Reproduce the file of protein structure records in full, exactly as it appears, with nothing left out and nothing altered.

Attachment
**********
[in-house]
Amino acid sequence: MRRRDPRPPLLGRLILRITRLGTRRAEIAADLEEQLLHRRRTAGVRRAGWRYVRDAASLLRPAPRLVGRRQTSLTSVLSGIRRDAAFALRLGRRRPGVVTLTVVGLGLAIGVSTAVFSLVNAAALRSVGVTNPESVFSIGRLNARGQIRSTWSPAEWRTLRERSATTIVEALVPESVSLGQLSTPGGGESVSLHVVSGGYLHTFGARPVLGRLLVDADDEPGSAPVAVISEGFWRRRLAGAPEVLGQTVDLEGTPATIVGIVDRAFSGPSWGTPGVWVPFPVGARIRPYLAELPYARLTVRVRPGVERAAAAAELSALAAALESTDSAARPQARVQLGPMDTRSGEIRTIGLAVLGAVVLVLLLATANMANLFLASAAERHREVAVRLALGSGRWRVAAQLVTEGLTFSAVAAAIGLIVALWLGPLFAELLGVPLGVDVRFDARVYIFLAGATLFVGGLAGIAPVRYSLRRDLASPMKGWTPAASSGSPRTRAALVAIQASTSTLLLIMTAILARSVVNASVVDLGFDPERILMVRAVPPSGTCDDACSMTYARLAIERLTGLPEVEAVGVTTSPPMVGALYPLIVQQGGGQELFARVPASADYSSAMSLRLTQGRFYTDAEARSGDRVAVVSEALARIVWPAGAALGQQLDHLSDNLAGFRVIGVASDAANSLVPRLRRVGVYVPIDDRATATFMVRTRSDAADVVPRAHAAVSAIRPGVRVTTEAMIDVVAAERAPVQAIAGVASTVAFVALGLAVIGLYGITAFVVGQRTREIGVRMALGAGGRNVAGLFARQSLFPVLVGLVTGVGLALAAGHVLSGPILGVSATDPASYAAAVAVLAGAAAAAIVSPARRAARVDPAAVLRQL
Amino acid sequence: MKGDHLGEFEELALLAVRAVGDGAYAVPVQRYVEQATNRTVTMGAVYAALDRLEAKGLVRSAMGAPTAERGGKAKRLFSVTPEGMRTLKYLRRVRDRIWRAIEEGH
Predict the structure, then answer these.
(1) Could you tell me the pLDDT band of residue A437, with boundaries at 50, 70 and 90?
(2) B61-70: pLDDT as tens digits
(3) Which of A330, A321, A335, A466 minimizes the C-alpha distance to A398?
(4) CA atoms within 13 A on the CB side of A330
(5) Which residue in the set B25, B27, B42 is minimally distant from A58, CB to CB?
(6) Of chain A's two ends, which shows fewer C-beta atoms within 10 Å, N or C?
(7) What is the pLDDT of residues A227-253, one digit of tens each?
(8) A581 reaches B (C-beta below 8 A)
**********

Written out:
[in-house]
Amino acid sequence: MRRRDPRPPLLGRLILRITRLGTRRAEIAADLEEQLLHRRRTAGVRRAGWRYVRDAASLLRPAPRLVGRRQTSLTSVLSGIRRDAAFALRLGRRRPGVVTLTVVGLGLAIGVSTAVFSLVNAAALRSVGVTNPESVFSIGRLNARGQIRSTWSPAEWRTLRERSATTIVEALVPESVSLGQLSTPGGGESVSLHVVSGGYLHTFGARPVLGRLLVDADDEPGSAPVAVISEGFWRRRLAGAPEVLGQTVDLEGTPATIVGIVDRAFSGPSWGTPGVWVPFPVGARIRPYLAELPYARLTVRVRPGVERAAAAAELSALAAALESTDSAARPQARVQLGPMDTRSGEIRTIGLAVLGAVVLVLLLATANMANLFLASAAERHREVAVRLALGSGRWRVAAQLVTEGLTFSAVAAAIGLIVALWLGPLFAELLGVPLGVDVRFDARVYIFLAGATLFVGGLAGIAPVRYSLRRDLASPMKGWTPAASSGSPRTRAALVAIQASTSTLLLIMTAILARSVVNASVVDLGFDPERILMVRAVPPSGTCDDACSMTYARLAIERLTGLPEVEAVGVTTSPPMVGALYPLIVQQGGGQELFARVPASADYSSAMSLRLTQGRFYTDAEARSGDRVAVVSEALARIVWPAGAALGQQLDHLSDNLAGFRVIGVASDAANSLVPRLRRVGVYVPIDDRATATFMVRTRSDAADVVPRAHAAVSAIRPGVRVTTEAMIDVVAAERAPVQAIAGVASTVAFVALGLAVIGLYGITAFVVGQRTREIGVRMALGAGGRNVAGLFARQSLFPVLVGLVTGVGLALAAGHVLSGPILGVSATDPASYAAAVAVLAGAAAAAIVSPARRAARVDPAAVLRQL
Amino acid sequence: MKGDHLGEFEELALLAVRAVGDGAYAVPVQRYVEQATNRTVTMGAVYAALDRLEAKGLVRSAMGAPTAERGGKAKRLFSVTPEGMRTLKYLRRVRDRIWRAIEEGH
Predict the structure, then answer these.
(1) Could you tell me the pLDDT band of residue A437, with boundaries at 50, 70 and 90?
(2) B61-70: pLDDT as tens digits
(3) Which of A330, A321, A335, A466 minimizes the C-alpha distance to A398?
(4) CA atoms within 13 A on the CB side of A330
(5) Which residue in the set B25, B27, B42 is minimally distant from A58, CB to CB?
(6) Of chain A's two ends, which shows fewer C-beta atoms within 10 Å, N or C?
(7) What is the pLDDT of residues A227-253, one digit of tens each?
(8) A581 reaches B (C-beta below 8 A)